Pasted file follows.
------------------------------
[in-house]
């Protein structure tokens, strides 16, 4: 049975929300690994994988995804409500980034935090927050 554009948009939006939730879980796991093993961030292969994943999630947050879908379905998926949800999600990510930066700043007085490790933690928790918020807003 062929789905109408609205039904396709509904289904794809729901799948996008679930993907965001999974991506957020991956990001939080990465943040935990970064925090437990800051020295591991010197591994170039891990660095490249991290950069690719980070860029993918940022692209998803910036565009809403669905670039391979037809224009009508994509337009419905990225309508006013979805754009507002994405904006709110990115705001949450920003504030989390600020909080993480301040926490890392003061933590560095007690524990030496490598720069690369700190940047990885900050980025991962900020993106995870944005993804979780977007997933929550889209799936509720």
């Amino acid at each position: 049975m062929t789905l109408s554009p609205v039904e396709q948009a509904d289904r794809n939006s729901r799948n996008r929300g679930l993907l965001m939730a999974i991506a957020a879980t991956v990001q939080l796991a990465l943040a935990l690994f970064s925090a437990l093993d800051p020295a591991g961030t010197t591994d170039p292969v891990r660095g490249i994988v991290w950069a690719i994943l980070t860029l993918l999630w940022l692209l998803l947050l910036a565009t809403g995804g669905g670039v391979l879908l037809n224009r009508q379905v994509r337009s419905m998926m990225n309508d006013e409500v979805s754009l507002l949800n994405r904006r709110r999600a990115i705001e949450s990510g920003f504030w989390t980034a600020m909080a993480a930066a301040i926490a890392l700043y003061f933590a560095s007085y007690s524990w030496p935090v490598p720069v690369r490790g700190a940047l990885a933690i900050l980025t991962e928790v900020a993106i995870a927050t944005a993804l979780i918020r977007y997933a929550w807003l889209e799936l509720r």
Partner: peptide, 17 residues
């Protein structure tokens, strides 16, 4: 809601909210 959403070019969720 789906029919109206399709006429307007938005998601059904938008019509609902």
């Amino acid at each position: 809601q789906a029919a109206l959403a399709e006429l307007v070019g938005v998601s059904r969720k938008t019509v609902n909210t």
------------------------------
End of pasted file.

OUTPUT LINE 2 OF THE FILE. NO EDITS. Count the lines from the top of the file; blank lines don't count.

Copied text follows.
């Protein structure tokens, strides 16, 4: 049975929300690994994988995804409500980034935090927050 554009948009939006939730879980796991093993961030292969994943999630947050879908379905998926949800999600990510930066700043007085490790933690928790918020807003 062929789905109408609205039904396709509904289904794809729901799948996008679930993907965001999974991506957020991956990001939080990465943040935990970064925090437990800051020295591991010197591994170039891990660095490249991290950069690719980070860029993918940022692209998803910036565009809403669905670039391979037809224009009508994509337009419905990225309508006013979805754009507002994405904006709110990115705001949450920003504030989390600020909080993480301040926490890392003061933590560095007690524990030496490598720069690369700190940047990885900050980025991962900020993106995870944005993804979780977007997933929550889209799936509720």